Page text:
Dave Bittner: [00:07:26] So in terms of those organizations being able to plan their risk, their appetite for risk or do their forward-looking planning, I mean, I imagine that this - overlaying these two bits of information - that can inform how they make decisions going forward.
Kelly White: [00:07:43] Yeah. So you look at the problem that, you know, they're facing, and every organization is facing, on the supply chain risk management side as well. Let's say they have a hundred suppliers. And, you know, how is this going to play out? Which ones do we need to pay attention to now? And how does that change going forward day by day? And so that they can triage - you know, they don't have the resources to address all of it at once, but if they identify some highly critical suppliers, you know, based on their business relationship and intersect that with, oh, wow, they're in a really high-risk area, that can give them some early insight and has given them early insight into, OK, what we need to come up with - you know, alternative plans to shore up potential disruption here and there. And so through the data, by doing this, they've been able to get an earlier head start in managing supply chain disruption risk.
Dave Bittner: [00:08:42] Yeah. Can you give us some insights in terms of being able to use the data from your platform and combine it with these other more open-source types of data? How do you accomplish that level of interoperability? How do you open up the data you're providing for these clever uses?
Kelly White: [00:09:03] Yeah. So the data from sources that RiskRecon provides, of course, along with, you know, the Johns Hopkins coronavirus data stream or even the National Weather Service's data stream around natural disasters and so forth - these include geolocation attributes along with each data point. And so from our system, from the Johns Hopkins system, you can download this data and load it into Tableau, which has - Tableau and other mapping software that has geolocation-aware capabilities to deal with the latitude and longitude coordinates that are embedded in the data. And it makes it easy to create a visualization. It makes it easy to do some distance analysis, some distance math, for example, between, you know, a supplier's operations center and, you know, the touchdown point of a hurricane or, in this case, you know, where we see a strong uptick in coronavirus infections
Dave Bittner: [00:10:10] That's Kelly White from RiskRecon.
Dave Bittner: [00:10:13] On Friday, the U.S. Cybersecurity and Infrastructure Security Agency, CISA, released version 3.0 of its Guidance on the Essential Critical Infrastructure Workforce. Among other tweaks, version 3 clears up some confusions over employees versus contractors, and it adds language emphasizing the importance of IT workers.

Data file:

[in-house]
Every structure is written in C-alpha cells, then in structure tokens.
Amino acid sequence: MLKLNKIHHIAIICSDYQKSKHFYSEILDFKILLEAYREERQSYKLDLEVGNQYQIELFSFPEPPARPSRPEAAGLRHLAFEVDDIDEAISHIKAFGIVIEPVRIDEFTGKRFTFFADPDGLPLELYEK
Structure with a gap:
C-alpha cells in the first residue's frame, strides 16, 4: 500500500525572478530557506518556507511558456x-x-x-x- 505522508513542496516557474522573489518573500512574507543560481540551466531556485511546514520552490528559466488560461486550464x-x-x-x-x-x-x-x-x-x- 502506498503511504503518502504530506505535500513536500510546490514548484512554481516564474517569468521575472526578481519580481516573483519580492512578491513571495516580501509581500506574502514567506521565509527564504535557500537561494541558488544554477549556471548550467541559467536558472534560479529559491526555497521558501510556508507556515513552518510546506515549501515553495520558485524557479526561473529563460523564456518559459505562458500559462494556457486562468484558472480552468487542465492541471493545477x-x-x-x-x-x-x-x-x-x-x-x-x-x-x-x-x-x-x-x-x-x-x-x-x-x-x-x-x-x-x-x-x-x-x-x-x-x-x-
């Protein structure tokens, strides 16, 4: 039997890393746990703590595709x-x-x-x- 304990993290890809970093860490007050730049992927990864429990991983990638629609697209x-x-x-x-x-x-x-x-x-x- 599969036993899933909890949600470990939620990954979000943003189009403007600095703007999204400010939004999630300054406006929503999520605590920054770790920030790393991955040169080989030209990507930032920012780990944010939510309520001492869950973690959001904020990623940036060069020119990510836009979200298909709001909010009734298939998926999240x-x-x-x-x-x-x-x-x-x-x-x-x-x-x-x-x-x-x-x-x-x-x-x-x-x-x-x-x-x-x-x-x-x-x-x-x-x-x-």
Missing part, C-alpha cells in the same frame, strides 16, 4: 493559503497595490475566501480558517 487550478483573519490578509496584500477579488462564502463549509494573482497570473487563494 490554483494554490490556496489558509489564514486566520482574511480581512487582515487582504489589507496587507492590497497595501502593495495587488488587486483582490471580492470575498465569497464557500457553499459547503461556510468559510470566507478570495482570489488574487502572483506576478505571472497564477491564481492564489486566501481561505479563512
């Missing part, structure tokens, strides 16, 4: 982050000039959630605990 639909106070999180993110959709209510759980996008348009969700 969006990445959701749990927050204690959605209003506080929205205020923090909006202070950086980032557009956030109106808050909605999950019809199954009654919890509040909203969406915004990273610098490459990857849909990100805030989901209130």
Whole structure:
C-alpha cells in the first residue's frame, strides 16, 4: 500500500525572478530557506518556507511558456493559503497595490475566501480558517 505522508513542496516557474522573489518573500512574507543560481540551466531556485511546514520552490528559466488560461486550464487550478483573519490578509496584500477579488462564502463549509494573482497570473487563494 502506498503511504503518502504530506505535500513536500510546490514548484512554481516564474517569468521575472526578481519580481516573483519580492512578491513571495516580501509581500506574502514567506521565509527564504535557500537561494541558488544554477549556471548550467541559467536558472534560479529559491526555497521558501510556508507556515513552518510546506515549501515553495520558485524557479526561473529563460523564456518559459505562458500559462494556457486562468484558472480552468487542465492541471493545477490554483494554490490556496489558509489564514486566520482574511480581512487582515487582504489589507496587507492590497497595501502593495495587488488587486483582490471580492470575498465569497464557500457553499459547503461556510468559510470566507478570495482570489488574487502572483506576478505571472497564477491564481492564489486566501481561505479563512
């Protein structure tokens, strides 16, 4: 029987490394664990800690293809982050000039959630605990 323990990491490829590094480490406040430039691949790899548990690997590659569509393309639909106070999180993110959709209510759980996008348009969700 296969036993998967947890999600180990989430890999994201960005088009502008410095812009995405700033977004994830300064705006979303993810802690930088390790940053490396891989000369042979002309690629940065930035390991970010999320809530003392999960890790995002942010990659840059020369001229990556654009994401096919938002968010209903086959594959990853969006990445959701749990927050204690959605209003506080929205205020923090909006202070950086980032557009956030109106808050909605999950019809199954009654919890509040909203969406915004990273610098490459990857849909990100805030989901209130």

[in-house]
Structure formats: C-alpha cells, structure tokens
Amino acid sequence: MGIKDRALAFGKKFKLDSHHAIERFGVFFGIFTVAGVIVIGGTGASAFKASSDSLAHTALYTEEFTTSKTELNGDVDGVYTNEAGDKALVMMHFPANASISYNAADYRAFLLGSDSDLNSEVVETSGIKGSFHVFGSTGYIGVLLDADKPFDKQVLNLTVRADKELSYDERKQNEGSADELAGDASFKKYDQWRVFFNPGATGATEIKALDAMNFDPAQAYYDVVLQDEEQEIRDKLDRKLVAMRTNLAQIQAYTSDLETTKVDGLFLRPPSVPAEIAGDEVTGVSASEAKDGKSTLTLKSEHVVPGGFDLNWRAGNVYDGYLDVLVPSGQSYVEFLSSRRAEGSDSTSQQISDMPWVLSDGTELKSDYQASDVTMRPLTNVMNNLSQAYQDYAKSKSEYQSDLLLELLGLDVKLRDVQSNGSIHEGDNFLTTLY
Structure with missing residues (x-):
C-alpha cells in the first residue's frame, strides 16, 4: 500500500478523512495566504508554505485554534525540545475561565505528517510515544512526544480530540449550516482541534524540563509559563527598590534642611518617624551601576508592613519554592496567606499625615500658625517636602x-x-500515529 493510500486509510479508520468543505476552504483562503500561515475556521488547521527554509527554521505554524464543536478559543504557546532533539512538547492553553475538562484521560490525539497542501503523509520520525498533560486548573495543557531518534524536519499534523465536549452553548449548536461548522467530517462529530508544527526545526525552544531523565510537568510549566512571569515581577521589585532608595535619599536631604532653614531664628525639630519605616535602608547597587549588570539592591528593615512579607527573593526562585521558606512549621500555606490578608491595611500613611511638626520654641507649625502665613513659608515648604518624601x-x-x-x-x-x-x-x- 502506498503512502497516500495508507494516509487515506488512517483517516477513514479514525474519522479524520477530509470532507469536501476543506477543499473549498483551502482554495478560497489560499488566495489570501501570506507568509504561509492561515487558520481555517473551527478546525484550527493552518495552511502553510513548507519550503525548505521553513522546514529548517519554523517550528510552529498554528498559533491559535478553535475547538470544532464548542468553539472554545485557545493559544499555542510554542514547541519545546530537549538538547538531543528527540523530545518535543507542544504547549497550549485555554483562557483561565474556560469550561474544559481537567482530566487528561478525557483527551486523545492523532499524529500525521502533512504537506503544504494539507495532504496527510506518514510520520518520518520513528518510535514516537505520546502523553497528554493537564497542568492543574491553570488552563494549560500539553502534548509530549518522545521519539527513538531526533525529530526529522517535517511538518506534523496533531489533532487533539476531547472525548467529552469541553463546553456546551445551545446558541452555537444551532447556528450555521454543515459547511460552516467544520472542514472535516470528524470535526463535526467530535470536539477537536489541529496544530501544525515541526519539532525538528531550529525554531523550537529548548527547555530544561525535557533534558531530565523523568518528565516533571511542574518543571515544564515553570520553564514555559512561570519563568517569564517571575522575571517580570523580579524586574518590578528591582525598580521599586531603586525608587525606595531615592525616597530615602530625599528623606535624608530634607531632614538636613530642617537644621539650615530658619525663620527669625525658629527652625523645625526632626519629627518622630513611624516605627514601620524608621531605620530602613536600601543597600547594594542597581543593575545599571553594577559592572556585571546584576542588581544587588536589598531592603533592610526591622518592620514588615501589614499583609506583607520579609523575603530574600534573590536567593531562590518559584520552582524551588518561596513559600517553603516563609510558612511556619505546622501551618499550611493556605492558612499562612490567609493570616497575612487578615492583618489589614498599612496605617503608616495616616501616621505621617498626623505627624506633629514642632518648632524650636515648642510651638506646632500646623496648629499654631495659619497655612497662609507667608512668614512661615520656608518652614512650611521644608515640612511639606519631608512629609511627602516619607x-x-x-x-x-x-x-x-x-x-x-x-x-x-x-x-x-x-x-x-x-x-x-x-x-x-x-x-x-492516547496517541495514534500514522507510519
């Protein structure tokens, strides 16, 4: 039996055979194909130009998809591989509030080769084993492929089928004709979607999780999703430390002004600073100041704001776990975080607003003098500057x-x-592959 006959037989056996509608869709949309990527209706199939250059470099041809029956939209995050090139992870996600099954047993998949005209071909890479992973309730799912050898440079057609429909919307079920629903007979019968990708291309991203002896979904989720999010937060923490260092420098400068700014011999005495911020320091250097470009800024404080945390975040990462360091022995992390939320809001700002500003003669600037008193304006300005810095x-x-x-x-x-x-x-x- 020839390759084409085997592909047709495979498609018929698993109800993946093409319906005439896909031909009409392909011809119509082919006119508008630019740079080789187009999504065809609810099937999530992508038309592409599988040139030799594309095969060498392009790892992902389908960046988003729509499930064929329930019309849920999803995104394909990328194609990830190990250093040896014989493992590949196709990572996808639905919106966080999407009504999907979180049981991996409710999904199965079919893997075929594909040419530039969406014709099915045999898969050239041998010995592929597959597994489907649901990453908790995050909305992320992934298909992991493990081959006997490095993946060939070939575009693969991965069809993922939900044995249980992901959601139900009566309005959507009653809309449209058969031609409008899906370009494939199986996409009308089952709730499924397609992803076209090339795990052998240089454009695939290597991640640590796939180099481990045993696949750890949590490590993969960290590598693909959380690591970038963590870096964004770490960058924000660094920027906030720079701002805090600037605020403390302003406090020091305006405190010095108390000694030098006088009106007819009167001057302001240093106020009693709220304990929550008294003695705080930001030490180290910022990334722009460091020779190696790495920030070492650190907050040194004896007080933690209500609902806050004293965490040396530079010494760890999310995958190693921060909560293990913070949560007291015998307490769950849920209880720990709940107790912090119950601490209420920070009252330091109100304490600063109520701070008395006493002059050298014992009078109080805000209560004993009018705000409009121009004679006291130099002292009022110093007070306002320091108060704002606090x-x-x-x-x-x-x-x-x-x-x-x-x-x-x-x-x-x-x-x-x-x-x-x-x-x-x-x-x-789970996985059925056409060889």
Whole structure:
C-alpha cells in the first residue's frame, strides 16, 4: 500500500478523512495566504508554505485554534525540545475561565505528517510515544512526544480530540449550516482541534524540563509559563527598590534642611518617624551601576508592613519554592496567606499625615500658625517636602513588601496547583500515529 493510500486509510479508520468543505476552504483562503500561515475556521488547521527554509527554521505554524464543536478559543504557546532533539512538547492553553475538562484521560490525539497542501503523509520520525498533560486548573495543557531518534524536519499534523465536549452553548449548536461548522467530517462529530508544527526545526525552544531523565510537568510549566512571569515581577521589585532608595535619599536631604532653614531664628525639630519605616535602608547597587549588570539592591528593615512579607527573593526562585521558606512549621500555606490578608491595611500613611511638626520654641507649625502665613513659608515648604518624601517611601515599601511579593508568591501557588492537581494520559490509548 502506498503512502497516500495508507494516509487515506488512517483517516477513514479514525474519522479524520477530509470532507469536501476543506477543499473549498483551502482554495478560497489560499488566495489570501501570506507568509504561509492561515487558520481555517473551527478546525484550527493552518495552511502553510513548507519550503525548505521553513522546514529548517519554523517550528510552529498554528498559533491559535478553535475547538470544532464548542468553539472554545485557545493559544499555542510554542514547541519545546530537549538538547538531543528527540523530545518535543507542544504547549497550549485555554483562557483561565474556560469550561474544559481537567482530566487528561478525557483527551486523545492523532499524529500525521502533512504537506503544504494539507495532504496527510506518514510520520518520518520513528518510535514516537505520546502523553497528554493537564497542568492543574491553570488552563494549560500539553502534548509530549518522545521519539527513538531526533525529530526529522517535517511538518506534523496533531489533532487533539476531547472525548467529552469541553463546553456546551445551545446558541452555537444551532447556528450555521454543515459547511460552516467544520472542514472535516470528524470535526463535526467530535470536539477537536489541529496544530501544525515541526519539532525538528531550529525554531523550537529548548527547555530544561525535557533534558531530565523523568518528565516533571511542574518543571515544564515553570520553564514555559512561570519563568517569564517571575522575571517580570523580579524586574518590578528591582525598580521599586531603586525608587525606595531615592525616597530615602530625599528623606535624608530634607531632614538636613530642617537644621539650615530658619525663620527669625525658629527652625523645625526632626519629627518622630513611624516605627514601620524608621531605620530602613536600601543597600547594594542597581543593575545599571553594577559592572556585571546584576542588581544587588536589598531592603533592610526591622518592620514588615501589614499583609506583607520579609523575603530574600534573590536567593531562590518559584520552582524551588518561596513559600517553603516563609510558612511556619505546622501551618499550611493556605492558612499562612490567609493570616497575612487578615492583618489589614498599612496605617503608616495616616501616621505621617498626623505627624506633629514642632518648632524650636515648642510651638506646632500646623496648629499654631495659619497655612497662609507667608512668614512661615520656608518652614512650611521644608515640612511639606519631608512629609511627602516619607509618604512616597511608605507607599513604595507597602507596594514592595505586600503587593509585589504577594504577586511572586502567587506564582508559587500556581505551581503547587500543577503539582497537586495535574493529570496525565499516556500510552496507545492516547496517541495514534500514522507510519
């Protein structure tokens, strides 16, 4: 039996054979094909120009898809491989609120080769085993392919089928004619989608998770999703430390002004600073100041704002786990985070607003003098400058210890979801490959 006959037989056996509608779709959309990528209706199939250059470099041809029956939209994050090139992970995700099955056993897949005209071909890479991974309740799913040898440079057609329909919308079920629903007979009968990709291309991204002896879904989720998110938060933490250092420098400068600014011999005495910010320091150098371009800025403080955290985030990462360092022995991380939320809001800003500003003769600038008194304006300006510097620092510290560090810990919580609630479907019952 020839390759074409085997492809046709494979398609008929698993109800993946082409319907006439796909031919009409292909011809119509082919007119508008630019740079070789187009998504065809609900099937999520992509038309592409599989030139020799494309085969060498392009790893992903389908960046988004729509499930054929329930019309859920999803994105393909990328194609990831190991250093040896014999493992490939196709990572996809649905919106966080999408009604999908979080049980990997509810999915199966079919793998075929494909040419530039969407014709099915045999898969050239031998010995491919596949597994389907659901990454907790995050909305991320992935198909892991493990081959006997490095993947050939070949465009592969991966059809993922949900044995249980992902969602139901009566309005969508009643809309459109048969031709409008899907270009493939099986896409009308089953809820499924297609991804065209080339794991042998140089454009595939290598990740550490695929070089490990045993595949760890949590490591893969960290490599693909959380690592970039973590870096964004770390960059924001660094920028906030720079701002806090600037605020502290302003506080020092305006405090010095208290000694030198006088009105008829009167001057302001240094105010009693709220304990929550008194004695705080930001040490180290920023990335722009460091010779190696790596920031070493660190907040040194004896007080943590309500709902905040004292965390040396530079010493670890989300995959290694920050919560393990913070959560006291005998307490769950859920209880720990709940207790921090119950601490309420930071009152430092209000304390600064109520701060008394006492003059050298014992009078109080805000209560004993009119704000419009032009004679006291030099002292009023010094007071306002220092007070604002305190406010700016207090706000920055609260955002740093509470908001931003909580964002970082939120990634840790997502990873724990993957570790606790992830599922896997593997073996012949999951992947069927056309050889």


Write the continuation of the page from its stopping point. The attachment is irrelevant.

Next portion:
Dave Bittner: [00:10:34] BleepingComputer reports that the major IT services provider Cognizant was hit by a Maze ransomware attack on Friday. The company is working to contain the damage and restore normal operations. Maze now routinely steals data to give it additional leverage over its victims, and this can be expected to be the case with the Cognizant attack. BleepingComputer says the Maze gang denied involvement, but Cognizant has said publicly that the malware used against it was Maze.
Dave Bittner: [00:11:03] Forbes reports that the large third-party Android app store Aptoide has been breached. According to ZDNet, the hacker, who released what appear to be 20 million user records, claims to have another 19 million more in reserve. Aptoide says it's investigating and that it's taken steps to contain any breach.
Dave Bittner: [00:11:23] Webkinz World, an online game that toymaker Ganz maintains as an adjunct to its line of plush toys, was hacked earlier this month. ZDNet has confirmed that the data leaked are usernames and encrypted passwords for some 23 million users. The attackers are believed to have gained unauthorized access to the data by exploiting an SQL injection vulnerability in one of Webkinz World's web forms.
Dave Bittner: [00:11:49] And finally, Zoombombing remains a thing. The Indiana Election Commission had an online meeting disrupted Friday by saucy video of someone spending a little time with themselves. One hopes that this form of dim-witted digital vandalism - the content most often used is curiously described as adult - will soon be thwarted by improvements to Zoom's platform and more operator familiarity with the telework tool. So if you're curious for details, the Indianapolis Star has the skinny.
Dave Bittner: [00:12:21] It seems that Zoom may have been more laggard than suspected in clearing up security problems before its explosive growth during the period of social distancing. The New York Times reports that Dropbox found numerous security and privacy problems with Zoom and pushed the telework service to fix them, but with indifferent results.
Dave Bittner: [00:12:39] Nonetheless, telework services have become essential to the remote work that businesses are attempting as they seek to work through the conditions governments are imposing during the pandemic emergency. This dependency has drawn criminals to telework as phishbait. Proofpoint over the weekend described ways in which cybercriminals are using various come-ons in their attempts to harvest credentials for services like Zoom and Cisco Webex. These attempts are social engineering. They're not exploiting vulnerabilities in the platforms themselves. They're just conning people into oversharing.
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Dave Bittner: [00:14:31] And I'm pleased to be joined once again by David Dufour. He's the vice president of cybersecurity and engineering at Webroot. David, always great to have you back. You all recently did some surveying and got some insights when it comes to some attitudes about artificial intelligence and machine learning. You gathered up some interesting insights here. What can you share with us?